There are few games that I can think of that have endured for so long while maintaining their popularity the way that Minecraft has. The last time I played Minecraft was probably sometime during the Xbox 360 era, when it seemingly ballooned in popularity. Yet here I am in 2020, playing this game that somehow feels familiar, but not too familiar…
There are few games that I can think of that have endured for so long while maintaining their popularity the way that Minecraft has. The last time I played Minecraft was probably sometime during the Xbox 360 era, when it seemingly ballooned in popularity. Yet here I am in 2020, playing this game that somehow feels familiar, but not too familiar.
Minecraft has been quietly updating and adding in features and mechanics steadily since its official release back in 2009, layering in new biomes, tools, items, enemies and more. At first glance, everything appeared to be just as I remembered it, but then I explored some more and found so many things that probably were added years ago, but I just missed. From villages, to temples, to flying enemies, and invading marauders, Minecraft changed so drastically in my eyes, which has made it an utter joy to experience.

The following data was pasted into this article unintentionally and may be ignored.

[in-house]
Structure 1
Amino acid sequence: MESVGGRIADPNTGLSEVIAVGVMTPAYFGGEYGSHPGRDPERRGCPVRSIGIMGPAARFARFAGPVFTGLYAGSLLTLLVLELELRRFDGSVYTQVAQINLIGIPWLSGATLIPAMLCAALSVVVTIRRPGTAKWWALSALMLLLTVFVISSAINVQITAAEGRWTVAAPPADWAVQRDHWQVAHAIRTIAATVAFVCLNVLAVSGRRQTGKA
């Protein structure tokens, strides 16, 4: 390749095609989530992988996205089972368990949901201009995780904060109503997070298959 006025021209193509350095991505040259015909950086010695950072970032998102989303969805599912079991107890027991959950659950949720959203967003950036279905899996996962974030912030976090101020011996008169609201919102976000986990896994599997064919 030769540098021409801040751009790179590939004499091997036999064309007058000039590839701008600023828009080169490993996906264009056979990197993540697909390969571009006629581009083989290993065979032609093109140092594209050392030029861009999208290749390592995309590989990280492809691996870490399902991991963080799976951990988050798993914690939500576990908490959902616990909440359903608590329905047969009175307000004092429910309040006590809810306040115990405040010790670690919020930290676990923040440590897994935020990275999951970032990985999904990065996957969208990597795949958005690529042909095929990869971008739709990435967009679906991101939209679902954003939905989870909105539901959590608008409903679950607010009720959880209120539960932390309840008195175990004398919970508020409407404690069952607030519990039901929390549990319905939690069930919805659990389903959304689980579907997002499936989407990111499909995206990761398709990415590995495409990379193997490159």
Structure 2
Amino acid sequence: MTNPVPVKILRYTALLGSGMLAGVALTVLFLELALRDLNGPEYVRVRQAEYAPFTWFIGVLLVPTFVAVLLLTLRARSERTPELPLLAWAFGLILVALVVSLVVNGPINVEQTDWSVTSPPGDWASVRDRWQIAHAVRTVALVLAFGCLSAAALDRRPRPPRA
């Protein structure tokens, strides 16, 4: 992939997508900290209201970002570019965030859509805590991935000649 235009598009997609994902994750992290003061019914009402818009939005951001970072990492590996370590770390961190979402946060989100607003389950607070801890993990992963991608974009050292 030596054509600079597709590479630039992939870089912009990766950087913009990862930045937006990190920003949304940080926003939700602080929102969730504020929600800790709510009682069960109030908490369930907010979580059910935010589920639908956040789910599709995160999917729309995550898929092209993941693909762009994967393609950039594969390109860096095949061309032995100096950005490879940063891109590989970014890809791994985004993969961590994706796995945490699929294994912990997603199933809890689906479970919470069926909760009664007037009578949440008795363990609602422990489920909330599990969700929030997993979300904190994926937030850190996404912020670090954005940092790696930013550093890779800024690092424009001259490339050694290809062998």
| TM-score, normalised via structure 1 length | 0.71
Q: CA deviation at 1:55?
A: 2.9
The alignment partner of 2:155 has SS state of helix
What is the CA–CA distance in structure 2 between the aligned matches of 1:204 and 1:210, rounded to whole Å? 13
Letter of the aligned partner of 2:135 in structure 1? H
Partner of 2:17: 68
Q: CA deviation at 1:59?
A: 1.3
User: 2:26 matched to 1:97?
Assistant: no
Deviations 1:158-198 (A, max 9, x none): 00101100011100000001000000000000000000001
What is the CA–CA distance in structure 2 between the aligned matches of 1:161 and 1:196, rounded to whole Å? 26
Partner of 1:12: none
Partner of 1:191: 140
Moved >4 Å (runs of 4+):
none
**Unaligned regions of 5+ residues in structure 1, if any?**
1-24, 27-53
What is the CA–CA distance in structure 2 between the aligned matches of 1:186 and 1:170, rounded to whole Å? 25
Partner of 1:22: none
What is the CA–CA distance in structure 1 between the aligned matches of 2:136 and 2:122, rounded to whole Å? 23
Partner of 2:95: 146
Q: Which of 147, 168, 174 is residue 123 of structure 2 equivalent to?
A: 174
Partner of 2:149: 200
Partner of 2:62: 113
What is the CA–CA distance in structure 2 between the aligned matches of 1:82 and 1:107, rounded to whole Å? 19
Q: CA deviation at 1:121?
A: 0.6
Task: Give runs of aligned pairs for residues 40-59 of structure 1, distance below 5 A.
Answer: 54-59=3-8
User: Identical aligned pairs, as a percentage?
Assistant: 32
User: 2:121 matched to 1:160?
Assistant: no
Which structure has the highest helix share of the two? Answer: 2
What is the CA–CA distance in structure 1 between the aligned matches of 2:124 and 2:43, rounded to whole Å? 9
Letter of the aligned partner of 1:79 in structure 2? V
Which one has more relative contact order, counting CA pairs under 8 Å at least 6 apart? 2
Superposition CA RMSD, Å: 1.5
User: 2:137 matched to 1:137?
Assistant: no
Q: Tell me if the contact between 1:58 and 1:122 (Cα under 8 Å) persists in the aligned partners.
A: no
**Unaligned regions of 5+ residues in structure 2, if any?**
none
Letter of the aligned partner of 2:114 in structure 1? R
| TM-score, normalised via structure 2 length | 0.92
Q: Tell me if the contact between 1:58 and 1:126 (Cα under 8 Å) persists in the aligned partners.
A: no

It’s also not just me that’s been enamored by what Minecraft has become, as all of my friends and I have started a server together that someone always seems to be on. Whether they’re bolstering our food supply, digging further into the uncharted caverns, building a wizard tower, or expanding our ever-growing compound, we’ve all found something about Minecraft that we tend to fawn over.
For me however, Minecraft has been a delightful reprieve from the misery of the real world, perfectly slotting into my regular rotation of games while allowing me the freedom to watch something in another monitor. It’s the perfect game to “turn off your brain” with, while simultaneously providing a wide spectrum of engagement that facilitates absent-minded gaming as well as a more intense experience for those who seek it.
Don’t feel like dealing with the cavalcade of monsters trying to eat your bones every night? Then consider taking the day to go fishing, or collecting wood. Want to get spicy and test your mettle? Well there’s a cavern full of monsters you could clear out if you feel so inclined.
Minecraft is a game that facilitates a lot of different play styles and can adjust to those variations in your mood in real time. I know I’m not the first one out there to praise Minecraft for what it does right, but I’m just so surprised by how much I’ve fallen back in love with it lately. Maybe that has to do with it being a really good game, or maybe it has to do with the fact that the real world is extraordinarily miserable these days, and just being able able to unwind and build your own city in peace has a particularly pleasant appeal. Either way, I’m glad I found my way back to Minecraft, it’s been a joy to play not only by myself, but with my group of friends as well.